Project page for NSF IIS 1514053
III: Medium: Natural Language Relation Extraction and Implicature through "Universal Schema" using Embeddings
The major goal of the project is to build a new foundation for knowledge representation and reasoning, based on deep learning. Automated knowledge base (KB) construction from natural language is of fundamental importance to science, business, social science, and national defense. The core of a knowledge base is its objects ("entities", such as proteins, people, organizations and locations) and its connections between these objects ("relations", such as one protein increasing production of another, or a person working for an organization). This project aims to greatly increase the accuracy with which entity-relations can be extracted from text, as well as increase the fidelity which many subtle distinctions among types of relations can be represented. The project's technical approach---which we call "universal schema"---is a departure from traditional methods, based on representing all of the input relation expressions as positions in a common multi-dimensional space, with nearby relations having similar meanings.
Most previous research in relation extraction falls into one of two categories. In the first, one must define a pre-fixed schema of relation types (such as lives-in, employed-by and a handful of others), which limits expressivity and hides language ambiguities. Training machine learning models here either relies on labeled training data (which is scarce and expensive), or uses lightly-supervised self-training procedures (which are often brittle and wander farther from the truth with additional iterations). In the second category, one extracts into an ‘‘open’’ schema based on language strings themselves (lacking ability to generalize among them), or attempts to gain generalization with unsupervised clustering of these strings (suffering from clusters that fail to capture reliable synonyms, or even find the desired semantics at all). This project proposes research in relation extraction of ‘‘universal schema,’’ where we learn a generalizing model of the union of all input schemas, including multiple available pre-structured KBs as well as all the observed natural language surface forms. The approach thus embraces the diversity and ambiguity of original language surface forms (not trying to force relations into pre-defined boxes), yet also successfully generalizes by learning non-symmetric implicature among explicit and implicit relations using new extensions to the probabilistic matrix factorization and vector embedding methods that were so successful in the NetFlix prize competition. Universal schema provide for a nearly limitless diversity of relation types (due to surface forms), and support convenient semi-supervised learning through integration with existing structured data (i.e. the relation types of existing databases).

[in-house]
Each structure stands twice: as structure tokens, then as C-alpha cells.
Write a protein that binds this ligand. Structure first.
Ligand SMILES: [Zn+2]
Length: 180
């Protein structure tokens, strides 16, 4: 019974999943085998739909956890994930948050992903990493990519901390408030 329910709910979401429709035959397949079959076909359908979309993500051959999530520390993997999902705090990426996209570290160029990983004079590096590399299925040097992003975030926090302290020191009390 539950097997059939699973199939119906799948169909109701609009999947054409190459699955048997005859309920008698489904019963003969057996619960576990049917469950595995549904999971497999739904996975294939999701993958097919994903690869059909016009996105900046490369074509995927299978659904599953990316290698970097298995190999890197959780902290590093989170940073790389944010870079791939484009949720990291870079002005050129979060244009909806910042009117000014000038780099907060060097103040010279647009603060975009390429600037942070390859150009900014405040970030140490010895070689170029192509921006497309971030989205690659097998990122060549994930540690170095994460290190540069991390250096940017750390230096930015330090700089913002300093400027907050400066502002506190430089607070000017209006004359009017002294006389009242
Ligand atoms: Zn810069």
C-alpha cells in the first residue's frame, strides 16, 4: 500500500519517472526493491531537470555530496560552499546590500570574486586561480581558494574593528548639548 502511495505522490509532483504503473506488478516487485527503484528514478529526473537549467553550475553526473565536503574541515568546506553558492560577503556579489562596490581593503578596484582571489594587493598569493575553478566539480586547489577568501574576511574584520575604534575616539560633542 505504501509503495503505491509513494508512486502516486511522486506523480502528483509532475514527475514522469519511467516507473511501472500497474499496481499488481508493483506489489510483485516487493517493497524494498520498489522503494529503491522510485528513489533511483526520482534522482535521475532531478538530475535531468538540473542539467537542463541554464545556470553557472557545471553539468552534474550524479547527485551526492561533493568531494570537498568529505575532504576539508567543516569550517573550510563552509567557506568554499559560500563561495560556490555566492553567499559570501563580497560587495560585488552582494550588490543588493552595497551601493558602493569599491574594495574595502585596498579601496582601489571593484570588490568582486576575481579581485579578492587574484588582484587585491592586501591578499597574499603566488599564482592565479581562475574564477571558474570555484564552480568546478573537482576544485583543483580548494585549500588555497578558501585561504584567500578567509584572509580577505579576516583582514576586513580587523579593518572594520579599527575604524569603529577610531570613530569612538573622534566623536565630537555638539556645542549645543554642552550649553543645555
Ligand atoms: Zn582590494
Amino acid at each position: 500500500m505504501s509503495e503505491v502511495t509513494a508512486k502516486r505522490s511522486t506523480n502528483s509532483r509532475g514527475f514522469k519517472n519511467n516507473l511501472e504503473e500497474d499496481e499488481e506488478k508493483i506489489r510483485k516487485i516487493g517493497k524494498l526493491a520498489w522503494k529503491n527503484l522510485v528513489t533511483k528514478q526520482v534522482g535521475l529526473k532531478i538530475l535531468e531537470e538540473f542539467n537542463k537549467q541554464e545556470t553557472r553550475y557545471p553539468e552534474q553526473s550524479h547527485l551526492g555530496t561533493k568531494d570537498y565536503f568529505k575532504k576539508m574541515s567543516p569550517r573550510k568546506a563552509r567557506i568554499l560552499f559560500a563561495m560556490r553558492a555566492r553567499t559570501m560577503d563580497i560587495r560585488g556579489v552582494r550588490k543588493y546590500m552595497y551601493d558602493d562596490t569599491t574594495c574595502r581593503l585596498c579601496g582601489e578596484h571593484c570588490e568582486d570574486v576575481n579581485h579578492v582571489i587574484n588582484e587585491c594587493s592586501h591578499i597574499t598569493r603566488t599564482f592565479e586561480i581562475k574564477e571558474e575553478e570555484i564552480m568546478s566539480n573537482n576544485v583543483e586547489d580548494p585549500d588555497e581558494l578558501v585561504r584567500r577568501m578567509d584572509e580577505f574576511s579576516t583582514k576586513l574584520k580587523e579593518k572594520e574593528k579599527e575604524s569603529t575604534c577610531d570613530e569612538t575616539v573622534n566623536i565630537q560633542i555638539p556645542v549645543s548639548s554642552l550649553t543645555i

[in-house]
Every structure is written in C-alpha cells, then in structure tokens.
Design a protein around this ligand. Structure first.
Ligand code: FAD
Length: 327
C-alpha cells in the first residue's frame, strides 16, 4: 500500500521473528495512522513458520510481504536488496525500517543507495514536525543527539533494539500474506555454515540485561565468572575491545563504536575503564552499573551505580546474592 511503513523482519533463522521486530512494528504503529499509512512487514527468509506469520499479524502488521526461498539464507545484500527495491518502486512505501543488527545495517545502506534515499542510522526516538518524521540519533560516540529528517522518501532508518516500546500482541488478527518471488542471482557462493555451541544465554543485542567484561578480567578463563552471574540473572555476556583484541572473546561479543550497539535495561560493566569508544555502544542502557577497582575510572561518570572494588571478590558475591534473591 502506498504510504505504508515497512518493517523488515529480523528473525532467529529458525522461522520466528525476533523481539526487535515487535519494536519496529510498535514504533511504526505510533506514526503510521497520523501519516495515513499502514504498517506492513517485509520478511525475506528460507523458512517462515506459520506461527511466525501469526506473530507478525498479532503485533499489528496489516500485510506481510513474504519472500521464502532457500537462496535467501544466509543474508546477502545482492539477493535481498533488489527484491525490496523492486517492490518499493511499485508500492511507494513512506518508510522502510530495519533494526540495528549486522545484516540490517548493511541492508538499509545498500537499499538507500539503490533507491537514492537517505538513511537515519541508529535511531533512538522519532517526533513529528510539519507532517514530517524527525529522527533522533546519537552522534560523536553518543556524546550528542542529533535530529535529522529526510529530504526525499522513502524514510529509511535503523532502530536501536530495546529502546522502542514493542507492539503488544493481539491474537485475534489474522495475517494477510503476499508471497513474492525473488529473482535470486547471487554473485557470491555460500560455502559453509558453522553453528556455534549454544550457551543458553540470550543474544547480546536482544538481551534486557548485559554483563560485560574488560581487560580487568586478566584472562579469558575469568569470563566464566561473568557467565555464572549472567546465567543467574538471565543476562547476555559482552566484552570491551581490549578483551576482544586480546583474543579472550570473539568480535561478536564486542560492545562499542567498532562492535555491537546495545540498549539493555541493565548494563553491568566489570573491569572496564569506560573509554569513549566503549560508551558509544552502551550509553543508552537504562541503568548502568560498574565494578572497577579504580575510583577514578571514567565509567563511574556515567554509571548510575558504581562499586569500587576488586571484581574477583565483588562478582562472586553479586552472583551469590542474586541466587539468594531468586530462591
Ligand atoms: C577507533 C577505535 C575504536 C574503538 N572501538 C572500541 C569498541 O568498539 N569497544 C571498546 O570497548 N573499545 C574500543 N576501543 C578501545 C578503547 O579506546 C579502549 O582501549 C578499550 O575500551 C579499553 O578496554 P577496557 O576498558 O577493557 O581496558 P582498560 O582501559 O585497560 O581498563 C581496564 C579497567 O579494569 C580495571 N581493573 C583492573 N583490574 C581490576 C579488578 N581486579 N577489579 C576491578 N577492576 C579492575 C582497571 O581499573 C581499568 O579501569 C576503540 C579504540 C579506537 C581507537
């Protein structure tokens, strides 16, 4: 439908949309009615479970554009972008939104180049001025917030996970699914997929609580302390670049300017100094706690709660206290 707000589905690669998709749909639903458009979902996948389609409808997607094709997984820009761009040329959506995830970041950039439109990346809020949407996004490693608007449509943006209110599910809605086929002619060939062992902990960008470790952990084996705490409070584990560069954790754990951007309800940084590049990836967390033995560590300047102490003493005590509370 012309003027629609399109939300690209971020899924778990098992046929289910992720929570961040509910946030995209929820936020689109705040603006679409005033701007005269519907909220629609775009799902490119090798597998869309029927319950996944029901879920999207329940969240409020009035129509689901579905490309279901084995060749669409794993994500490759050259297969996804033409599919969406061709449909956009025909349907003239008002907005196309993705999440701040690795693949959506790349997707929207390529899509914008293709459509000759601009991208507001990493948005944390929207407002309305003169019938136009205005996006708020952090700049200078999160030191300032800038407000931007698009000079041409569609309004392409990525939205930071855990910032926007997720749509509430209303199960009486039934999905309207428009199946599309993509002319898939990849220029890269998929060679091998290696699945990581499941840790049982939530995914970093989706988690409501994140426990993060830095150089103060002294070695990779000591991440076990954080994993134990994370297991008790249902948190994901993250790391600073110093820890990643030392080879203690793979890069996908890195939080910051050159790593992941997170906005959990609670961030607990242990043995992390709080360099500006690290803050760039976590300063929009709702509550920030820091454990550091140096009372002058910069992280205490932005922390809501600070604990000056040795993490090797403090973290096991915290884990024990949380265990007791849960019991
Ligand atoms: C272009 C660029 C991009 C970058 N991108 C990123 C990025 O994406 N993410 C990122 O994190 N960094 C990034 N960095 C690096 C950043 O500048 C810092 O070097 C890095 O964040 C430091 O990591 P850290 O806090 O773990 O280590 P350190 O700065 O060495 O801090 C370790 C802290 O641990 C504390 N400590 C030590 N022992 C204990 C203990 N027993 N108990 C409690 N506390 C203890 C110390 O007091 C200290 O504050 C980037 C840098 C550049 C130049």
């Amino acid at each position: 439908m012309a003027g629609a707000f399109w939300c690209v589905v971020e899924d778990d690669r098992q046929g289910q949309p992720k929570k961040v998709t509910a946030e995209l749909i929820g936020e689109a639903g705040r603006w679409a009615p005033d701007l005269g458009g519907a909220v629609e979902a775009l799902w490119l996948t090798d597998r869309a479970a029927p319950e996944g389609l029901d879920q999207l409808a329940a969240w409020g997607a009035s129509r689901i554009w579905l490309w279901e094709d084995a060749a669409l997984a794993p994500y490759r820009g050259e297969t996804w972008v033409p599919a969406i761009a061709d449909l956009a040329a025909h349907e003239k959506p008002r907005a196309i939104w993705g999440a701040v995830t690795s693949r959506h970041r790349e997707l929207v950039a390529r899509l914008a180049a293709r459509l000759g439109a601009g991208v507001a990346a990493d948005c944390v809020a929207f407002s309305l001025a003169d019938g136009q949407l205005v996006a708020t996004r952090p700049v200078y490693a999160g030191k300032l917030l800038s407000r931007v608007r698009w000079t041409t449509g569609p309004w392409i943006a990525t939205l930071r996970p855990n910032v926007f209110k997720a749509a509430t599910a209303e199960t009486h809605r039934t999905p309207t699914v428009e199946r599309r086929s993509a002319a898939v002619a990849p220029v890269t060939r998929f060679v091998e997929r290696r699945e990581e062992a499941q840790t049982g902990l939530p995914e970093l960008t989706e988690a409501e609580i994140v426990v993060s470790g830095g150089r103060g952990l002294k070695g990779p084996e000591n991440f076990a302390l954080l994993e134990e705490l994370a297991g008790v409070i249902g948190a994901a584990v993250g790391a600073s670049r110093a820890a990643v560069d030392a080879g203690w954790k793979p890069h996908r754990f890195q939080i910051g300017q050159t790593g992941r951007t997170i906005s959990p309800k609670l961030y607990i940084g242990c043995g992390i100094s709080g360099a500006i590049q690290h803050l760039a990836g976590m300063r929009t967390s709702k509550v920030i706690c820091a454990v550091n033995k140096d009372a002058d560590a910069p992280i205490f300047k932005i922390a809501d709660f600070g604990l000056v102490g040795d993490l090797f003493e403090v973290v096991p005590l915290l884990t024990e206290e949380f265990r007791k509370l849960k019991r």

Project Publications (through Google Scholar)